The Levitt Pavilion's annual two-pronged series of more than 100 free outdoor concerts in Los Angeles and Pasadena resumes Saturday with songwriter Jimmy Webb, who will perform at the Levitt Pavilion L.A. in MacArthur Park. Country singer and songwriter Jim Lauderdale launches the Levitt Pavilion Pasadena's performances on June 21.
Highlights of the season in MacArthur Park include Gangstagrass, a bluegrass-hip-hop group scheduled for July 11, and the Omega String quartet, which will perform Pink Floyd's 1973 album "Dark Side of the Moon" in its entirety on Aug. 25.
Other acts coming to Pasadena's Memorial Park include a July 12 appearance by
"One of our missions is to try to present music that can bring together people of different cultures, age groups and backgrounds," said Renee Bodie, who recently became executive director over both facilities. "That's a concerted effort on our part. This year we're doing a lot of things that combine genres, like Gangstagrass, and we have another show combining metal and mariachi."
The appearance by Webb, composer of dozens of pop hits, including "By the Time I Get to Phoenix," "Up, Up and Away," "Wichita Lineman," "The Worst Could Happen," "Galveston" and, not coincidentally, "MacArthur Park," was designed in part to underscore the revitalization in recent years of MacArthur Park.
"I have three pictures in my mind," said Webb, who spent considerable time in MacArthur Park as a teenager when he was struggling to establish his music career in the mid-1960s. "One is the way MacArthur Park used to be, when it was kind of a genteel place that was just beginning to slide. You still had the paddle boats on the water. It was a little like 'A Sunday in the Park with George,' but the cast of characters was becoming a little rougher.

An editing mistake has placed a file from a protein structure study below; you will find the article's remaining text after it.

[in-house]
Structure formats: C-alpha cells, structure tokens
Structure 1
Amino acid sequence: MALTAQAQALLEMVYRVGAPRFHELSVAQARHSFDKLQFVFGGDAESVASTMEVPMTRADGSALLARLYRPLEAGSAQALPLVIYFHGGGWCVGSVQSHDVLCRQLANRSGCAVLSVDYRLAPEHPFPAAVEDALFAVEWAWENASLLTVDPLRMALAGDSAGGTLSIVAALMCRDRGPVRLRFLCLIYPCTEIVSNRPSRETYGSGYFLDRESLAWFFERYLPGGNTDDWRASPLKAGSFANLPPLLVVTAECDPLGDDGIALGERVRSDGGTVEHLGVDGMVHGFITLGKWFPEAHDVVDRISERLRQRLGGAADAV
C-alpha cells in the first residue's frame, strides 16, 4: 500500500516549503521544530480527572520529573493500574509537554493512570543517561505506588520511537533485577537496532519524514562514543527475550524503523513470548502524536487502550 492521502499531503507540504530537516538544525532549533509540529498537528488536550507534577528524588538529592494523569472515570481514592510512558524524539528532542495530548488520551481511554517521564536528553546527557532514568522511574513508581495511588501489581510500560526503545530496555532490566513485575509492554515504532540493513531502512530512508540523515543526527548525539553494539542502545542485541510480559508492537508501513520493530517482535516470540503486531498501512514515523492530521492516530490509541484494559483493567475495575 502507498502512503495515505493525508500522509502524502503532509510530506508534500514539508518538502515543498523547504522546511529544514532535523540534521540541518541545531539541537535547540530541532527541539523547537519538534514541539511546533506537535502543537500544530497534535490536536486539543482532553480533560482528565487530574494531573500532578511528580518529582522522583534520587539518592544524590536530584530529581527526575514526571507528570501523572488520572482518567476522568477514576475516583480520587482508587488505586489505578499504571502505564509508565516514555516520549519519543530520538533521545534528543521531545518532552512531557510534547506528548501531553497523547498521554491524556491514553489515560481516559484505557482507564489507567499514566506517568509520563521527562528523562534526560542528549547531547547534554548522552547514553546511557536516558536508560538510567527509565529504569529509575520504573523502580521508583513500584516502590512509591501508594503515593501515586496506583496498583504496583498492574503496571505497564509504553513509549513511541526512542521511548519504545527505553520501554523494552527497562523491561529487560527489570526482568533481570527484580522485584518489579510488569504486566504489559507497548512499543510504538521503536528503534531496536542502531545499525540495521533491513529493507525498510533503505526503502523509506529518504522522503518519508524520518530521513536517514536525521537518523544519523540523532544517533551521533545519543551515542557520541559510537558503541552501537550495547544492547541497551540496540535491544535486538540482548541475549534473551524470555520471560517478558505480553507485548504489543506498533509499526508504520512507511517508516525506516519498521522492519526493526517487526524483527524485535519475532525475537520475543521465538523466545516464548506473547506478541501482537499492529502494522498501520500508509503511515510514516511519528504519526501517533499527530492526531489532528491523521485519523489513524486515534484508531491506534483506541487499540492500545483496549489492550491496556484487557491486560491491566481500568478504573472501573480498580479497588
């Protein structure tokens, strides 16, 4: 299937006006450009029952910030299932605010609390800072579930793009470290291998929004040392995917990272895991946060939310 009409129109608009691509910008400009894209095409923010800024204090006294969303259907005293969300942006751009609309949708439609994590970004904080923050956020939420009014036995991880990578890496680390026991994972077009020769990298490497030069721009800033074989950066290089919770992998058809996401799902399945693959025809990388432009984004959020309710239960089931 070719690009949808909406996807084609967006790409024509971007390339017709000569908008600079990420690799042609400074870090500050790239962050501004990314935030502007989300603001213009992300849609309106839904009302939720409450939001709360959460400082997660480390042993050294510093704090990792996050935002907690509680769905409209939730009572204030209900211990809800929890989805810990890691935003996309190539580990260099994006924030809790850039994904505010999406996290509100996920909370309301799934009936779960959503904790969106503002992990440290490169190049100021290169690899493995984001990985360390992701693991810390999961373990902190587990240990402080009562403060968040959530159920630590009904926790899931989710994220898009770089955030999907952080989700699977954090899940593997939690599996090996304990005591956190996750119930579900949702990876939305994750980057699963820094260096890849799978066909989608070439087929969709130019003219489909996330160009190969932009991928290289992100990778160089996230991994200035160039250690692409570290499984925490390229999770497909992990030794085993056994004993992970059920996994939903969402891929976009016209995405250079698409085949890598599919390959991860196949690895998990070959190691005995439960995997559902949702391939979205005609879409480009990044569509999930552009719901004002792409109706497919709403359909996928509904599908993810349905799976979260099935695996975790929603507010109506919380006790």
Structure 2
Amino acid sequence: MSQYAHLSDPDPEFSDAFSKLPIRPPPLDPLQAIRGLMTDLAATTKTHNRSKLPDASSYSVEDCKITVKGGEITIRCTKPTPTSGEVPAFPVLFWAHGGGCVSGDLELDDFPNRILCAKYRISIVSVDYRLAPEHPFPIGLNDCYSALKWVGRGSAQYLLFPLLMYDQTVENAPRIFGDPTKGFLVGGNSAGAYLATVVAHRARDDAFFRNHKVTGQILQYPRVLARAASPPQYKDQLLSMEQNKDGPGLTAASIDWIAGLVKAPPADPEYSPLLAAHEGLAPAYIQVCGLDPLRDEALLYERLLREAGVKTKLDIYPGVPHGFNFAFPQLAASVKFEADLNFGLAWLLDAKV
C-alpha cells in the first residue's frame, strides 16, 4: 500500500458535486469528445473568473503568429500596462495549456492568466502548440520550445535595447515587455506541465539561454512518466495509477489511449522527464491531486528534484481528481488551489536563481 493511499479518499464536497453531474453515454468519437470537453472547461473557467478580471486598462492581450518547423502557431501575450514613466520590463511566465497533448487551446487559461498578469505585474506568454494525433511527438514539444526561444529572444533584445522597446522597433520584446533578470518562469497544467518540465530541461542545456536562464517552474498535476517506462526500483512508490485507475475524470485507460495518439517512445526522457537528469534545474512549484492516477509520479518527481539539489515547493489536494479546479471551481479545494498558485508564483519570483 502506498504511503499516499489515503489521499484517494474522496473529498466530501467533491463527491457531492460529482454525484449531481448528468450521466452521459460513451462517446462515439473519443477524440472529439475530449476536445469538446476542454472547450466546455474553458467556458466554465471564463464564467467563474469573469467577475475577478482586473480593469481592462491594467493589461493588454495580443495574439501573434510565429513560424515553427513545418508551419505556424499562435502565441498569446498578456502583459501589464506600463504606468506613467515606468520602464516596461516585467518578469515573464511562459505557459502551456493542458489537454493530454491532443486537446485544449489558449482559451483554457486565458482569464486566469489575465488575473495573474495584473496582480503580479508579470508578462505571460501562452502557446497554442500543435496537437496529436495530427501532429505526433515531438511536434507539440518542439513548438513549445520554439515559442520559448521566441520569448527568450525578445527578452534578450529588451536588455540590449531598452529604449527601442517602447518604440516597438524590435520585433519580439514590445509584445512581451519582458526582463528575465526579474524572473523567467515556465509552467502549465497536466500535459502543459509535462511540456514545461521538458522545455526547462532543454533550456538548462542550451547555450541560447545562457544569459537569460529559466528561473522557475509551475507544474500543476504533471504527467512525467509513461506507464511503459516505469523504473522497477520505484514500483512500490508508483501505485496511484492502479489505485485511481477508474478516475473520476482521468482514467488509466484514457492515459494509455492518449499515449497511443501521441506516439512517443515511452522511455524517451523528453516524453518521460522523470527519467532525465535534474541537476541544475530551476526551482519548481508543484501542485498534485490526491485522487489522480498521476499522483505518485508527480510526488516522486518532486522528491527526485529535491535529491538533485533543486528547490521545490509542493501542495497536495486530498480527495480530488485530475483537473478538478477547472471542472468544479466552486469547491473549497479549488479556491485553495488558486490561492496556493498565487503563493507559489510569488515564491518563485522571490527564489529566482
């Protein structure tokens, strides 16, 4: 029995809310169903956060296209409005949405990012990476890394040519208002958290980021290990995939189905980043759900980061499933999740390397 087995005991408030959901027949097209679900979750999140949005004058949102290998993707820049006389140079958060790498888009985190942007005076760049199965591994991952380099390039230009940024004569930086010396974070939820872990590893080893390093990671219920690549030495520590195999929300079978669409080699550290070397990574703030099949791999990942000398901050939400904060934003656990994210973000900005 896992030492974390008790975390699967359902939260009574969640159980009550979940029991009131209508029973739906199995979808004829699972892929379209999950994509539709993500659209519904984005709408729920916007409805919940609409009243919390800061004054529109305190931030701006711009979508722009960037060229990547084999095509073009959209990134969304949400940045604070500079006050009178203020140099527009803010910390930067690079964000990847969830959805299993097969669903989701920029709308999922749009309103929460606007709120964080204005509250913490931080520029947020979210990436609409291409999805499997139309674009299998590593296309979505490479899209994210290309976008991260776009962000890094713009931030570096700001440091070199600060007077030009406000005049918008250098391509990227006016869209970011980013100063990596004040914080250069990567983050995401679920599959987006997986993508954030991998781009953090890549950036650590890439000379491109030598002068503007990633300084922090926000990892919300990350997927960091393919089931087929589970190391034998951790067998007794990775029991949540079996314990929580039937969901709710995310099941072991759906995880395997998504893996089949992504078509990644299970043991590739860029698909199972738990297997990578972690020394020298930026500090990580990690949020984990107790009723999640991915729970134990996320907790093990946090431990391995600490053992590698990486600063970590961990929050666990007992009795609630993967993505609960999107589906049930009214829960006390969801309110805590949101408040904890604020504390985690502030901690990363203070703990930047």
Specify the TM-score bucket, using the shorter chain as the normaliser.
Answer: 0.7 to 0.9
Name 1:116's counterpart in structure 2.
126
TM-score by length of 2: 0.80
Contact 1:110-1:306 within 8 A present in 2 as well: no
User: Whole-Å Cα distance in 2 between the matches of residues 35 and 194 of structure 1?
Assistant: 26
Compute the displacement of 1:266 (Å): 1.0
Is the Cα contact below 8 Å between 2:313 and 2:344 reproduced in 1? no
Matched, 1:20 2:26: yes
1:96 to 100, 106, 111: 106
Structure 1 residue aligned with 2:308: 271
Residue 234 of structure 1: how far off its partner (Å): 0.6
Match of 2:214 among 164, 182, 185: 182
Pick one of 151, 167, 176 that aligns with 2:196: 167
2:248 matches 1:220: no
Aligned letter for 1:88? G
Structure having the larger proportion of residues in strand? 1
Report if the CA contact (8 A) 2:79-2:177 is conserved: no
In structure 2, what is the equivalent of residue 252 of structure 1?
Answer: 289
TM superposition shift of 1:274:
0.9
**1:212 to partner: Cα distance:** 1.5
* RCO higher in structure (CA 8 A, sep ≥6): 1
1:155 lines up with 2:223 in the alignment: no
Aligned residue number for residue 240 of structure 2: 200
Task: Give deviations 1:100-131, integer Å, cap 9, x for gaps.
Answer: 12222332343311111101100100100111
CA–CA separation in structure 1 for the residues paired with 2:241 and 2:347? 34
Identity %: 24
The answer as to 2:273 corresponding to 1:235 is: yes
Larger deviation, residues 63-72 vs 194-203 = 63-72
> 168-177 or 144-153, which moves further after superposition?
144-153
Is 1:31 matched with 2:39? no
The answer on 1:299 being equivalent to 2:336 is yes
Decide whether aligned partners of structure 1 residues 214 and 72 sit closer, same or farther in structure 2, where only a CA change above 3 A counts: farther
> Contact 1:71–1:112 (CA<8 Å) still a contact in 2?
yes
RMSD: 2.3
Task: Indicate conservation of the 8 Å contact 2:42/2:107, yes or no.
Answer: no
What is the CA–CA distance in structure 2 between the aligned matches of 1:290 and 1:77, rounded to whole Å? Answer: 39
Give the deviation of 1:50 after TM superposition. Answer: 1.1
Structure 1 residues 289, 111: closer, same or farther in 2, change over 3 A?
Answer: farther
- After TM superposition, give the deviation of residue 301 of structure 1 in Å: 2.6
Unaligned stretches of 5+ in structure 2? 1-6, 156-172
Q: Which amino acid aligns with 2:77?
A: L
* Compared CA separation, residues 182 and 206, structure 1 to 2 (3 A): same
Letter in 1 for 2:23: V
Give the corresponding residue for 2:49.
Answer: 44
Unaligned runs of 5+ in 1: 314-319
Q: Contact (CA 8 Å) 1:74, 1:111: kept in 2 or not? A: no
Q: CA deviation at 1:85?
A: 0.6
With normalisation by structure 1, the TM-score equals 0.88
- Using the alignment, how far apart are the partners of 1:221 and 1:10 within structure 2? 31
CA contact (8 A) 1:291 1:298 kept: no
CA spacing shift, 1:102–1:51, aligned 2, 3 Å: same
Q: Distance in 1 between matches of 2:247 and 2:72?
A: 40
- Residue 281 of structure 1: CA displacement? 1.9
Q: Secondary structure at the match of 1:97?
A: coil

"Then there's the way it was in the years of decline, where it was a place that people really hurried through; not a place you'd want to hang out. And now there's the new picture of MacArthur Park, which has been influenced to a great degree by the free concerts given there.
"When I go there today," said Webb, who now lives in New York, "and see there are some nice apartment buildings there now, the band shell has been renovated -- to me it's a revelation to look around and see everything painted and nice and to see families walking along, babies laying on the grass on a blanket and just signs of safety and security and perhaps even prosperity."
Concerts are presented with a combined budget of about $1.2 million, Bodie said, largely underwritten by the Levitt Foundation, which started presenting the live entertainment in Pasadena in 2003 and in MacArthur Park in 2006. Additional support comes from the city of Los Angeles and other sponsors.
"We have the ability to take a bit of chance on music and do innovative things without pressure to sell tickets," said Bodie, who has been affiliated with Folk Arts Alliance and previously presented folk music shows regularly at her Bodie House Music concerts. "We can really expose the audience and the culture to some new things."